Improving the customer experience by optimising contact centers in the utility sector
matt chwalowski and wayne lafferty | energy central | 14 july 2016
For utility companies, the client experience in customer service calls remains of equal importance for retaining existing customers and attracting new ones, particularly during outages or other challenging events. The basic tenants of the conversation and the experience the customer is looking for during the call are quite simple: they want action now and satisfaction of their needs quickly and effectively.
This “sweet spot” is best measured by the lowest number of calls per customer annually and the shortest live call duration (as measured by Average Handle Time or AHT). The best utility contact centers, by proper and relentless focus on these two metrics, will maximise both customer and agent satisfaction, which in turn will lead to top quartile performance for both service level and financial measurements. And yet, operating in this “sweet spot,” while desirable for the utility contact centers, remains difficult because they don’t adequately address both customer and agent needs.
The Challenge: Operating in the “Sweet Spot”
When a customer calls a utility company contact center, they do not want to experience problems that require calling the utility any more than absolutely necessary. Yet, contact center agents often do not know how to handle customers effectively and efficiently, thus increasing call duration for those necessary live calls.
Utilities that leverage their contact centers to address both customer and agent needs effectively are able to create trusted relationships with customers, which produces upsell opportunities and more productive interactions during outage or other challenging events. The bottom line is that when happy agents use each interaction to create happy customers, costs are reduced and regulatory escalations are minimised.
The solution to operating in the “sweet spot” is relatively straight forward. Handling calls effectively and efficiently requires creation of a structured and precise operation through investment in the “science of management” of contact center operations. This discipline systematically and simultaneously focuses on six key attributes of successful customer service organisations.
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The Solution: Understanding and Implementing the “Science of Management”
Ultimately, the investment in the “science of management” of contact center operations should reduce AHT to around 210 seconds for a combination utility and even lower for a single-service operation, as compared to the current AHT average of more than 300 seconds at combination utility companies. To put these targets in perspective, AHT above 250 seconds indicates opportunities for improvement; AHT of 300 seconds and above implies severe circumstances exist. Un-optimized calls also often result in an unpleasant and frustrating work environment for contact center agents. Therefore, reducing call volumes and AHT allow both customers and agents to win.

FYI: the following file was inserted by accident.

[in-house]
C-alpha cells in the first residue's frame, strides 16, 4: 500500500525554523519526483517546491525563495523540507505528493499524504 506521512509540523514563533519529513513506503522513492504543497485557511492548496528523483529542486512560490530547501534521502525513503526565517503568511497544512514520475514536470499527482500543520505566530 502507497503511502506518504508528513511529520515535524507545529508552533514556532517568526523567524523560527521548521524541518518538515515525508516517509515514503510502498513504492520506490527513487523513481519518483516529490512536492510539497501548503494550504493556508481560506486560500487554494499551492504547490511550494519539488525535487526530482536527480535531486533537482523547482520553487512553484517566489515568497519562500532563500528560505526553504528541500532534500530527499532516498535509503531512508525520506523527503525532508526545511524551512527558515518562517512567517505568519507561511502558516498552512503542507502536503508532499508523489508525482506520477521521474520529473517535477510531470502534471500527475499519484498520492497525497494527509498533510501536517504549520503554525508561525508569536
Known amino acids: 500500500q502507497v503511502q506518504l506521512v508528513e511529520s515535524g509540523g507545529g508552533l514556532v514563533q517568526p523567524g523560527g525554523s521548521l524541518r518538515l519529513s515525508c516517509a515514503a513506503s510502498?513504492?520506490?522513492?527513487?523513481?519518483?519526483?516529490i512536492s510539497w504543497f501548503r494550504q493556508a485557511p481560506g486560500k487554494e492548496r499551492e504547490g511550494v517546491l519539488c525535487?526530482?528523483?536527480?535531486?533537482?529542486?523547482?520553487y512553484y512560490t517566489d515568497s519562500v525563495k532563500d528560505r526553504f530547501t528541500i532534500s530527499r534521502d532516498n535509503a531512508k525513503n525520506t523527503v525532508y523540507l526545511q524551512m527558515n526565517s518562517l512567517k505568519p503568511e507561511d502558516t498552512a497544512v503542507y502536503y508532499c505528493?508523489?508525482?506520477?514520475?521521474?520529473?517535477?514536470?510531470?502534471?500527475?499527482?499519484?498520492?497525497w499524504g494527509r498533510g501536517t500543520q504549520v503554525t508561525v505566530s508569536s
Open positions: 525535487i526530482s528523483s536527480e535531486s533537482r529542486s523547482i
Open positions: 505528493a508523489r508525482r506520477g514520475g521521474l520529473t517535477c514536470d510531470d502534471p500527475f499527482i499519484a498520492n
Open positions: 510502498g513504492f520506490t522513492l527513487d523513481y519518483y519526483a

This investment inside the contact center should be coordinated with the elimination of upstream operational errors to prevent calls from ever being made. The implications of upstream operational errors for the contact center are often over-looked. Calls resulting from failures elsewhere in the service delivery platform are typically exception-type calls that increase call volumes and handle time and often result in escalation or even regulatory intervention. In these instances, customers are typically having a bad experience with the utility before the call is even initiated. Experience shows that 15% of calls received by utility contact centers are excessively long, which typically leads to irate customers. Resolving the root cause for these non-transactional calls prevents the worst types of calls and allows agents to stay focused on more routine and pleasant situations.
Every contact center that is not running at close to a 210 second AHT has a potential to provide a better customer experience and more pleasant working environment for its agents. Simply put, higher AHT operations are progressively less friendly places for agents to work without undue stress, which can be costly to utility companies due to attrition levels and the costs associated with training new hires, especially in non-union environments. Therefore, a 210 second AHT contact center reflects a structured and precise operation – you do not need to ask your agents about their job satisfaction, just look at the AHT.
The bottom line is that strong contact center operating outcomes are achievable for all companies. The necessary conditions for these outcomes is threefold: (1) applied content knowledge, (2) learning operations framework with feedback, and (3) an actionable measurement system. The focus on a strong operation best serves all parties involved – including customers, employees and management – as compared to alternatives.
Matt Chwalowski and Wayne Lafferty are energy and utility experts at PA Consulting Group